Tim Suddard
Tim Suddard Publisher
12/22/08 11:54 a.m.

What was the best street-going Jaguar ever built? When we visited Jay Leno’s garage in Burbank, Calif., recently, we think we saw the answer sitting near the door and ready for use. After we looked it over, Jay graciously gave us the chance to drive it, clinching our first impressions.

It’s a relatively unassuming red Jaguar that probably gets as much use as any car in Jay’s collection. At first glance it appears simply to be a nicely maintained E-Type roadster, with the long, curvaceous bonnet tapering back to the two-seat cockpit and short rear deck that were the hallmark of all E-Types.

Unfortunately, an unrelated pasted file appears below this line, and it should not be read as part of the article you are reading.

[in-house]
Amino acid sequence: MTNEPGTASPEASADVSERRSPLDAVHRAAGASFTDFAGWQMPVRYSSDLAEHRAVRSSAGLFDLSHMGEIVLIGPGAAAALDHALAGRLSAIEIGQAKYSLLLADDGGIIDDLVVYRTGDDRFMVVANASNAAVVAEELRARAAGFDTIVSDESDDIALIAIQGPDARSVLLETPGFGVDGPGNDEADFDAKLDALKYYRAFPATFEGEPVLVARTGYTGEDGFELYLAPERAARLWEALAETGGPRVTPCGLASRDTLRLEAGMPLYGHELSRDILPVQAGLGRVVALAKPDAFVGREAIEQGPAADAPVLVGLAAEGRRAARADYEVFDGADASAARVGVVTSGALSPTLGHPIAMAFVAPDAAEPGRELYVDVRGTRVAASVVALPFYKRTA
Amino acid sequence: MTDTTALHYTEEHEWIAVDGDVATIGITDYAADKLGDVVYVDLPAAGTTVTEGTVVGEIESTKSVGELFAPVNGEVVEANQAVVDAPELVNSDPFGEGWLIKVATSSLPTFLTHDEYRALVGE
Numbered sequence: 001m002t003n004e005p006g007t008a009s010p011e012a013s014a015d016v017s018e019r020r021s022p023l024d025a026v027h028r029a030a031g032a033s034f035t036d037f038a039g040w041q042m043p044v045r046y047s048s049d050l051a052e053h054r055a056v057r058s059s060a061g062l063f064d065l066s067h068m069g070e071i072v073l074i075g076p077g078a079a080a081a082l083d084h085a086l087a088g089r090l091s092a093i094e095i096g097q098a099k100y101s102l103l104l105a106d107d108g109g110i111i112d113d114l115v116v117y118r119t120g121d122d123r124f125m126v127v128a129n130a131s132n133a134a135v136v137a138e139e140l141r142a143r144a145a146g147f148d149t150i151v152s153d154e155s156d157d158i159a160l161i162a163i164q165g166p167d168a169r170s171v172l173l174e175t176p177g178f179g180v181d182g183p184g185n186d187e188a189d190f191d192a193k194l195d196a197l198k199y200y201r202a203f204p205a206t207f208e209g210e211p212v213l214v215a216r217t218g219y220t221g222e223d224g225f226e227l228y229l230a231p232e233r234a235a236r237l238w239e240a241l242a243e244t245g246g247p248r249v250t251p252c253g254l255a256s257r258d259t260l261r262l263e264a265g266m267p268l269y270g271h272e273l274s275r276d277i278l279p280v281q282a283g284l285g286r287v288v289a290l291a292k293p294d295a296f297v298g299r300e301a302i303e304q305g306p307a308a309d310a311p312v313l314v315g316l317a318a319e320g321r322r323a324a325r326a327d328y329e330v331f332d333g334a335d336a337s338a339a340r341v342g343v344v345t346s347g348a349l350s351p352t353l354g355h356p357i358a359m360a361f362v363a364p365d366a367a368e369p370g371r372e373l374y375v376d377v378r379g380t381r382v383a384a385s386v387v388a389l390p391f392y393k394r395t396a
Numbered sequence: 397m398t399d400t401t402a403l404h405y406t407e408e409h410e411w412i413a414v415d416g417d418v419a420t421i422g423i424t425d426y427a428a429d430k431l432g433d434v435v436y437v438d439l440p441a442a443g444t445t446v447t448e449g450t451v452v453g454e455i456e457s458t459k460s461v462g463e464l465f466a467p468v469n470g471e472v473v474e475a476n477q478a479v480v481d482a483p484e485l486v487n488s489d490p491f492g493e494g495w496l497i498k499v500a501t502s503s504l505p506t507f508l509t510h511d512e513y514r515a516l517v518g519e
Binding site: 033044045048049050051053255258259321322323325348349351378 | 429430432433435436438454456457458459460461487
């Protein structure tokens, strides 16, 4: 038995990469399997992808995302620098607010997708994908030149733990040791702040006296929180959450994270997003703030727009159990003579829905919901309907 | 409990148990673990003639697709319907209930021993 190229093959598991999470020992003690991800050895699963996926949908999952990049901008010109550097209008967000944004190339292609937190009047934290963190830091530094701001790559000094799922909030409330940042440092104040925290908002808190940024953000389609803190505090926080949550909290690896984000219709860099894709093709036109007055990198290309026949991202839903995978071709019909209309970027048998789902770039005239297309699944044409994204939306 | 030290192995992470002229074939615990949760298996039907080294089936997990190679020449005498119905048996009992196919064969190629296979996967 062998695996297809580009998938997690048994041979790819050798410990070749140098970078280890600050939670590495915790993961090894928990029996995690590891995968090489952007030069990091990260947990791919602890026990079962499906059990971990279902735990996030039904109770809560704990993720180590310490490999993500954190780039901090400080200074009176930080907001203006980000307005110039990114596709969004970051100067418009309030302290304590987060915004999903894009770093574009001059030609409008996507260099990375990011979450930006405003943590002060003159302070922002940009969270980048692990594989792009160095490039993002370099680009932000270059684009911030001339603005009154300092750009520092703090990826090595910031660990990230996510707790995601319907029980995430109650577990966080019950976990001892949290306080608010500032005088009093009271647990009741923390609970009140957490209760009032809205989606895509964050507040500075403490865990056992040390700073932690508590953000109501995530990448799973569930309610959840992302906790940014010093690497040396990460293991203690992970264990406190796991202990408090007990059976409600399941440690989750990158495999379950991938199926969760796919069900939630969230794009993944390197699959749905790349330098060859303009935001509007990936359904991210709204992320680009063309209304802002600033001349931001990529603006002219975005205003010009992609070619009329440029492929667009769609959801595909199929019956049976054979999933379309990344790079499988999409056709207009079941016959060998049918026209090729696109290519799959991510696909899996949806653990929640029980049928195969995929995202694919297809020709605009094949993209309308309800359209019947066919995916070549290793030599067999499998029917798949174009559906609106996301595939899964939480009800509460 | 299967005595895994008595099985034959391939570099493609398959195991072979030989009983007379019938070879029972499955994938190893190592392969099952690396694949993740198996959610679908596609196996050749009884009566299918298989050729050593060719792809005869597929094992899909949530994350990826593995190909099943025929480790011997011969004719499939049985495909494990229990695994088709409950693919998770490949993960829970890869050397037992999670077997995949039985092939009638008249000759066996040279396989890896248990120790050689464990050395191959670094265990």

But to anyone who knows the key changes that took place during the E-Type’s 13-year evolution, there’s something slightly askew. The body has the graceful faired-in headlamps and modest bumpers of the early series E-Types, but they flank the large chrome grille that wasn’t added until the Series 3s. And how do you explain the V12 insignia on the rear deck and the slight fender flares that cover tires wider than any that ever shod the straight-six Series 1s and 2s?

The differences are there because this is Jaguar builder and restorer Jason Len’s improvement on Jaguar’s own creations. This was the car Jaguar might have built in the early ’70s, had the company not been hemmed in by mundane constraints such as environmental and safety regulations. A closer look shows that this car combines the best of the body lines and short wheelbase of the Series 1 E-Types with the power of the V12 engine that motivated the heavier, longer and clunkier Series 3 XKEs. But how did it come to exist?

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